If the 19th century was the age of coal and the 20th the age of oil, the 21st century is starting to look like the age of lithium. A metal so soft it can be cut with a steel knife and for years known for its role treating bipolar disorder, lithium has quietly become the most important metal for several important industries — electronics, electric vehicles and renewable energy — because of its importance to energy storage. Rechargeable lithium ion batteries are now in everything, but have become indispensable to efforts to fight climate change.
Because renewable energy is often generated at different times from when demand is greatest, storage is a necessity (conventional plants can increase power output to meet demand, up to a point) and most of the time, this means lithium batteries. Similarly, electric vehicles use lithium batteries, helping to decarbonize transportation tailpipe emissions. Currently, most EVs are high end, luxury cars, but in the future it’s likely that trucks, police cars, firetrucks, ambulances and even some military vehicles will be battery-electric. Manufacturers are already experimenting with battery electric aircraft in a bid to reduce emissions from that sector. Meanwhile the multibillion dollar electronics industry continues to rely on lithium batteries.
But despite its relative abundance in the Earth’s crust, commercially exploitable lithium is relatively rare. Around 75 percent is believed to be in salt flats in South America. Interest is also growing in spodumene, a lithium-bearing mineral more widely distributed around the world, and extracting it from sea water. But the demand for lithium is only expected to grow. To make things complicated, rising tensions between the United States, its allies and China, as well as a desire for the former to support domestic industry, are expected to lead to increased competition for lithium supplies. In 2018, the United States Department of the Interior included lithium on a list of strategic minerals and the Biden Administration permitted a mining project to go forward over the opposition from environmental and Native American groups.
Moreover, mining lithium is quite environmentally destructive. In South America, lithium concentrations are mixed with water to form a brine and evaporated in great ponds. It produces the lithium needed for batteries, but consumes water in an already dry part of the world. The other major way of producing lithium, mining spodumene, also harms the environment.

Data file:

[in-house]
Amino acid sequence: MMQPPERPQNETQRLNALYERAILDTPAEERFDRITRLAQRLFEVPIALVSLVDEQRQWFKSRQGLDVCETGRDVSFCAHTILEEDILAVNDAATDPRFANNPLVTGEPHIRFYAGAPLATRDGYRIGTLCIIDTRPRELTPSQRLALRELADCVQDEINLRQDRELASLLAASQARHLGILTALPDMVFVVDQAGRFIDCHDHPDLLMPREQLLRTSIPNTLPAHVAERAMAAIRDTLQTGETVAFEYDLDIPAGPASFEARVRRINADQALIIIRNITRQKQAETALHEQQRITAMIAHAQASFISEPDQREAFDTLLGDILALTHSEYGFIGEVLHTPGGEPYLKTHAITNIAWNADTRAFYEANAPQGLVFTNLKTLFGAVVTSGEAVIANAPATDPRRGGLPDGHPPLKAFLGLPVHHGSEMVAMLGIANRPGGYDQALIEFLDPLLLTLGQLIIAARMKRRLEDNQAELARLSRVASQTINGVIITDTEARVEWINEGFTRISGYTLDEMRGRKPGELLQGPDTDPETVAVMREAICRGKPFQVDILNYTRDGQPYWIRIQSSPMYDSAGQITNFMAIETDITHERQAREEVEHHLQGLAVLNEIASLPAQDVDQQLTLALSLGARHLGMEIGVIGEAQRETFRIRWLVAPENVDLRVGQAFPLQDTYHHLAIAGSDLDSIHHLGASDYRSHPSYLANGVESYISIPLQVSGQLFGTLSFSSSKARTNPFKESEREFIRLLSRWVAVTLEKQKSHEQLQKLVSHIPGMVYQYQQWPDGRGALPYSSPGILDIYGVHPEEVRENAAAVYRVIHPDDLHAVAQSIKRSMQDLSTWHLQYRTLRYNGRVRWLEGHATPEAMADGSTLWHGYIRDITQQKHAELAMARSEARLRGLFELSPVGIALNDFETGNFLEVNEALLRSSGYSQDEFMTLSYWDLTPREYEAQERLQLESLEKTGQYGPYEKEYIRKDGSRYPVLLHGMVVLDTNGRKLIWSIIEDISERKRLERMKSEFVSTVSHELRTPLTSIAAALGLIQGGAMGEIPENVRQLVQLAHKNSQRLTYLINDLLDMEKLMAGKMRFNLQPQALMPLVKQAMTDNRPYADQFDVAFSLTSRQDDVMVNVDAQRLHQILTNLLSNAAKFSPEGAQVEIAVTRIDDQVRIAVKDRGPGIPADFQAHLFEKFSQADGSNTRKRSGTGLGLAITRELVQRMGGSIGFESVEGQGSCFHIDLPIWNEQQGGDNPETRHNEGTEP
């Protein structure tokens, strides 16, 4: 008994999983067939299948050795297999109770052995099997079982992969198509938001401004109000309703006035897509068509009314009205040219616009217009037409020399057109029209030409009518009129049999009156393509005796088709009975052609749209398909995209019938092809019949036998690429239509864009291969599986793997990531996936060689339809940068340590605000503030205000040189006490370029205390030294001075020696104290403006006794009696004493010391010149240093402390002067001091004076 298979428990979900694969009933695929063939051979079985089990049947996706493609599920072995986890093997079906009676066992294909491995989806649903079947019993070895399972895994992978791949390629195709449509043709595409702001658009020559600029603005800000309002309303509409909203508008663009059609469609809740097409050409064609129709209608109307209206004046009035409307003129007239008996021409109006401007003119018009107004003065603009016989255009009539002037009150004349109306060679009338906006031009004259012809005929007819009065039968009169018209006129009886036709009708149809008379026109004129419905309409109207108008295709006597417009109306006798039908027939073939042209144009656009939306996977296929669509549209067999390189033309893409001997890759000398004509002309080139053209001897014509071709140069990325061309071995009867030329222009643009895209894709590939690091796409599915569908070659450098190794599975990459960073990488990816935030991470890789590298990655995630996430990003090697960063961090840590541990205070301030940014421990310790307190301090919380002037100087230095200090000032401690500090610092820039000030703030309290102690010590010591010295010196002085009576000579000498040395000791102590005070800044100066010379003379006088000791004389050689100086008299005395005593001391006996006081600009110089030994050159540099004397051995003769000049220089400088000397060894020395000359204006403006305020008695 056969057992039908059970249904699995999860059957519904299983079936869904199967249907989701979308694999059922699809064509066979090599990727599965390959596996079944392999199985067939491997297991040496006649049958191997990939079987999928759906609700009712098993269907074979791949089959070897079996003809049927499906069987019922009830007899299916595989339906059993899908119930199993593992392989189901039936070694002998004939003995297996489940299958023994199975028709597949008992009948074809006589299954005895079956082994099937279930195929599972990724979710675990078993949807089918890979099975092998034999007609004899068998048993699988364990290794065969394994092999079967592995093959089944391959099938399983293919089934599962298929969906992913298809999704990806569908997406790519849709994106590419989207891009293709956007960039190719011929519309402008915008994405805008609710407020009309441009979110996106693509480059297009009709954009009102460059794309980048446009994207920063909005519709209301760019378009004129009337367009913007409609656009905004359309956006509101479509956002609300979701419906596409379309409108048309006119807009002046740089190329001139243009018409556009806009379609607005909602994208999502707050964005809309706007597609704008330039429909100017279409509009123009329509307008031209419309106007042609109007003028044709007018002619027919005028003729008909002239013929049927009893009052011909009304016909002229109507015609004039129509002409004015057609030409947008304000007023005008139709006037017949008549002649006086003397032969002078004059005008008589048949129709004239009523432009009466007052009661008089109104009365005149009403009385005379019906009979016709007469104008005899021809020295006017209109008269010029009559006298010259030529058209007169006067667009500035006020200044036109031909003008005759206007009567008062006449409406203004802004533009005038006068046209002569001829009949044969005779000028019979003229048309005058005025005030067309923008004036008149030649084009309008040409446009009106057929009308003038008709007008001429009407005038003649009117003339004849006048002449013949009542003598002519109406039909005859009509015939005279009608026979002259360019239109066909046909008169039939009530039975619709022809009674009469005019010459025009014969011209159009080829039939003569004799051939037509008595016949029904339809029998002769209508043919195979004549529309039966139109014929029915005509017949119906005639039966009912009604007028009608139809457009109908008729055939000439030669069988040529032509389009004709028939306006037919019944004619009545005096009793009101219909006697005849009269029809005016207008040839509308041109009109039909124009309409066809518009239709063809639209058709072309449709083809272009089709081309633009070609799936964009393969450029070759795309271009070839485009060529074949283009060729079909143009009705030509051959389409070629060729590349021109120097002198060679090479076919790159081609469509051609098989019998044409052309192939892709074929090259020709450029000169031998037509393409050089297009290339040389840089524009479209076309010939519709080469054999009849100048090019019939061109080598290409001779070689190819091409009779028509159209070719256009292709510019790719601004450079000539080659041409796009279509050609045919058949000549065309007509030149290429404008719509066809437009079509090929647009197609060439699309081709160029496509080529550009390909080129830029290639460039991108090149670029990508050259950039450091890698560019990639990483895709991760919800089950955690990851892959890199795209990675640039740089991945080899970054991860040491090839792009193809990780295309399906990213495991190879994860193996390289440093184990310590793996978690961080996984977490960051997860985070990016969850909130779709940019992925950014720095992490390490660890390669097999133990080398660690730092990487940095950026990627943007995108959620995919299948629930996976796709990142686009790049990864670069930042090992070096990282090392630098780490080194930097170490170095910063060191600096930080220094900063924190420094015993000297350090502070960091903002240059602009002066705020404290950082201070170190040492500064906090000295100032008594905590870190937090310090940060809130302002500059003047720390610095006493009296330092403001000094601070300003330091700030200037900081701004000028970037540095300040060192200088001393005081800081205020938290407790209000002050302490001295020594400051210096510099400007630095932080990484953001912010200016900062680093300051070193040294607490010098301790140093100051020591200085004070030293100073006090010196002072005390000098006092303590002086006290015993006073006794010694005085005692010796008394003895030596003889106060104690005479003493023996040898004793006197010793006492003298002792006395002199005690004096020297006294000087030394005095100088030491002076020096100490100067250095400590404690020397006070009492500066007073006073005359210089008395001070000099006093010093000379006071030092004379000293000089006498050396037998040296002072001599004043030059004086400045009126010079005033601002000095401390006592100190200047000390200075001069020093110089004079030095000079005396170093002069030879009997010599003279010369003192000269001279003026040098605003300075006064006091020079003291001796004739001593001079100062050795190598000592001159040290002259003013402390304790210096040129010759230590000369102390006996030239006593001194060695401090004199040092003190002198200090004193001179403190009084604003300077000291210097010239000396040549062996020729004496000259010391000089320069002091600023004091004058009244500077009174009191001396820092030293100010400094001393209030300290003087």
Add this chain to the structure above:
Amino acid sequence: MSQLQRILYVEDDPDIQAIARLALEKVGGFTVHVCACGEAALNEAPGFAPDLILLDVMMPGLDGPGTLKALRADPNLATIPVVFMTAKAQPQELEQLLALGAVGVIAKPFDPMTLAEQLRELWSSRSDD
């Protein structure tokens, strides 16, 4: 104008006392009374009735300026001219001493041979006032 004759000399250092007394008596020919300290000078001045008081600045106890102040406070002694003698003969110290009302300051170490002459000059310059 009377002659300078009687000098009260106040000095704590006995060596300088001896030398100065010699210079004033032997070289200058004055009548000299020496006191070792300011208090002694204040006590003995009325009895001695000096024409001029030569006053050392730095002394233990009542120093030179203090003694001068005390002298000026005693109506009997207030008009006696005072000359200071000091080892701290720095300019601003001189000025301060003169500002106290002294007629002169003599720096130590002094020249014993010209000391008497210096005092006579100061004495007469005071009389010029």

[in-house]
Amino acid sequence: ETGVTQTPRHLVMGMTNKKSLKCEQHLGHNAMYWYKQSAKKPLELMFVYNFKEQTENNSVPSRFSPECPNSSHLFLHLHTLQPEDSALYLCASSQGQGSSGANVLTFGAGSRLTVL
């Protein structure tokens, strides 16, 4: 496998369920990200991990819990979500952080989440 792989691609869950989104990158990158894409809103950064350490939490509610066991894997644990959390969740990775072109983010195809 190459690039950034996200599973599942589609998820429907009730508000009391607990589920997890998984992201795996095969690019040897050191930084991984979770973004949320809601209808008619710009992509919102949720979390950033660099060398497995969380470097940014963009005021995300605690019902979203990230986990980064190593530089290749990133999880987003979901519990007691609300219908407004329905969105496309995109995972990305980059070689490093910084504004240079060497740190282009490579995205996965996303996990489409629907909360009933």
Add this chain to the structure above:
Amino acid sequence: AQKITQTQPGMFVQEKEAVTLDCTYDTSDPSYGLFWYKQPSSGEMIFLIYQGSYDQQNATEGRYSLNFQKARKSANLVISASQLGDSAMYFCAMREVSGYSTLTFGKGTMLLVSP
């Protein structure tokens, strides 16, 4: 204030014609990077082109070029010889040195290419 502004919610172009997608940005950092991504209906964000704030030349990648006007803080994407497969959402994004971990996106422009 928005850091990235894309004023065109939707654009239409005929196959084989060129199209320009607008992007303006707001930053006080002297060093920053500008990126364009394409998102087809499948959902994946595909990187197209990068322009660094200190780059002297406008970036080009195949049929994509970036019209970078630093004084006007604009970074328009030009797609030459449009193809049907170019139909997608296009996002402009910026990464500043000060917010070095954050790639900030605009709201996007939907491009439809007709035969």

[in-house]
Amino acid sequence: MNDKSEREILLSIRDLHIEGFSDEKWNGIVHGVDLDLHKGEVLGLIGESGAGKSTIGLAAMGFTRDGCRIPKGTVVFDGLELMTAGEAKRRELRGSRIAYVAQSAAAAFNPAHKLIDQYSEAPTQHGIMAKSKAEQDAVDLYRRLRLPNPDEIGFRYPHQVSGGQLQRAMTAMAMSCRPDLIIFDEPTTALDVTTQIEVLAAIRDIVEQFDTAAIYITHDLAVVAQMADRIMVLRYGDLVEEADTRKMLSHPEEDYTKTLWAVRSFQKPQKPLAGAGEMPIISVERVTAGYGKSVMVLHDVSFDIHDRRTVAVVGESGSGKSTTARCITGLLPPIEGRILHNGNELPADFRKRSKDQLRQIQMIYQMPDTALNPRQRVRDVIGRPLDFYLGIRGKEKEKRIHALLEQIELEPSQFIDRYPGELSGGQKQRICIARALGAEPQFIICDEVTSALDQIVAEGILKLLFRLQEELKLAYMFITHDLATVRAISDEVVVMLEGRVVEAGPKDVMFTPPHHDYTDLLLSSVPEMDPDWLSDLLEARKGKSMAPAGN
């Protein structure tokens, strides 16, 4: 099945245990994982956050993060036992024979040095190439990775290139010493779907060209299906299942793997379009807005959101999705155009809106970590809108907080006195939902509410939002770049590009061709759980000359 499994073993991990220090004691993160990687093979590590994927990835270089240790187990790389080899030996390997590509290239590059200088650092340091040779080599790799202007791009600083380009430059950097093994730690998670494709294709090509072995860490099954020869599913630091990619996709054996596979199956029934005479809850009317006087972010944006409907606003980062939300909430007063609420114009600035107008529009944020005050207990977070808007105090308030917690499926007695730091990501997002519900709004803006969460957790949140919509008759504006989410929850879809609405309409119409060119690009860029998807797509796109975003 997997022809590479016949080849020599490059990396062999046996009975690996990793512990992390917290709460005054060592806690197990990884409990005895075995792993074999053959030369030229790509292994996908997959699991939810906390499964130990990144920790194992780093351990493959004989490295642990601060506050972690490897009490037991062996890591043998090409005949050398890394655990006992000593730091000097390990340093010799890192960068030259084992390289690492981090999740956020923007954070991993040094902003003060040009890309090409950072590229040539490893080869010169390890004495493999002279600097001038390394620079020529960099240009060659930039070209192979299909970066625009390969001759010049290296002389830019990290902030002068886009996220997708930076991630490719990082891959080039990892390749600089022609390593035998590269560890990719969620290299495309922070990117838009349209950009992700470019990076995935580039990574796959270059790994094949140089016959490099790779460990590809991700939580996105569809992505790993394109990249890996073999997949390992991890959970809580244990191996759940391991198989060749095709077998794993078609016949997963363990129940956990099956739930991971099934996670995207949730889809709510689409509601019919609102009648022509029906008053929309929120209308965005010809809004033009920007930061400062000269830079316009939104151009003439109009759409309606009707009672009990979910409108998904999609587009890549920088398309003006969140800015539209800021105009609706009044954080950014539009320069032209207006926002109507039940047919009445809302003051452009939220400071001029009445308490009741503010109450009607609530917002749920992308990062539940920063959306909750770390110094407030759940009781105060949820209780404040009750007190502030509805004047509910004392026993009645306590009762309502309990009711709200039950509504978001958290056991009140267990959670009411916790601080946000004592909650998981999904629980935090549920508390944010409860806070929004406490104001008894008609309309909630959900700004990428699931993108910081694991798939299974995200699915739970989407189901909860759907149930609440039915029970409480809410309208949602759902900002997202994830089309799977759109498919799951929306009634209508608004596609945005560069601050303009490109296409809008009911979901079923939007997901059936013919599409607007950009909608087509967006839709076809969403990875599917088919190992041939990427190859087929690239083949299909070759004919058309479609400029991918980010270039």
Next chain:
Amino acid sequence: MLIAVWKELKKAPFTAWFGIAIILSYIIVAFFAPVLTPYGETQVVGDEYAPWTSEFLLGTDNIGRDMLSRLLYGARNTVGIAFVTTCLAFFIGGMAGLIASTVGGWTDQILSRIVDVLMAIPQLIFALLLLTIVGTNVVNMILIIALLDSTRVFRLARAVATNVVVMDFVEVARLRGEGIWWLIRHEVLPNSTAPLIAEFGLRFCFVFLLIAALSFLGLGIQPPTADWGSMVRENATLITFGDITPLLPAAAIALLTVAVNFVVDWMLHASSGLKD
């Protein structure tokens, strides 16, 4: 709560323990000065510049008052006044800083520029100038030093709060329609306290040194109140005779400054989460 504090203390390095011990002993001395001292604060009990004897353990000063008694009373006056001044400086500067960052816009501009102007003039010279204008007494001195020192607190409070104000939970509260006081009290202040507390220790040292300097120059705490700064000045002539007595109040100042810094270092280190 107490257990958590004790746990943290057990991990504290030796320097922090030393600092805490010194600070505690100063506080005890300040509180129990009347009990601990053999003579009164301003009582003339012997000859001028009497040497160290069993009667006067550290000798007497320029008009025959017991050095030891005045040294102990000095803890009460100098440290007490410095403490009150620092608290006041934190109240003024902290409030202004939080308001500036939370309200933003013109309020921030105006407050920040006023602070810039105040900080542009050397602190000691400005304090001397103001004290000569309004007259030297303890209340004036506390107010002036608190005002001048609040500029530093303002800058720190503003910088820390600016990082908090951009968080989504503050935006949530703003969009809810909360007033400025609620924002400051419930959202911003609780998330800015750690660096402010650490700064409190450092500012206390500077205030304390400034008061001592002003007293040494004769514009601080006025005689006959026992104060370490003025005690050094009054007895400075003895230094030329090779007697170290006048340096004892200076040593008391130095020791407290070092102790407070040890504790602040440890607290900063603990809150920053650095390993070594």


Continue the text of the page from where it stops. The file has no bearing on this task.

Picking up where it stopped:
So the question remains, with such an important resource, why are we intent on wasting it on buses and trains. Many transit agencies are investing in battery electric vehicles as a quick and easy way to reduce carbon emissions. But buses and trains don’t need batteries to be electric, they can be run off catenary wires overhead. Not only does this mean that the vehicles don’t need batteries, the batteries are heavy and take up a lot of space, so the vehicles end up lighter and have better acceleration. This makes them faster and capable of carrying more people.
While building overhead wires can be expensive, they are other worthwhile investments for greening public transport than “sexy” battery electric buses and trains for several reasons. In addition to reducing the demand for strategic minerals like lithium, they use an existing, mature, proven technology — catenary systems were invented in the late 19th century — and as such their performance and capabilities at both high and low temperatures are known, unlike battery powered buses, which have suffered from problems with cold weather.
Lastly, we should consider if it’s even a good idea to replace all gas and diesel powered cars with electric ones. Jevons’ Law suggests that even if we were to develop batteries that used less lithium, the price would decrease and demand would rise until we went back to needing more. Cars represent one of the biggest potential markets for lithium batteries, but emissions from engines are only one externality. An electric car can still kill children, walkers and cyclists with ease, still drives on tires made from oil, over roads made from oil, must be parked in a lot made from oil. Investing in public transportation and high density housing in cities would allow those parking lots and roads to be reduced in size or eliminated altogether. People would be safer, parks could be built to mitigate the urban heat island effect and the need to consume vast acreages of farmland or wilderness for new subdivisions and highways.
Let us take only the lithium we absolutely need and avoid the mistakes of the last century.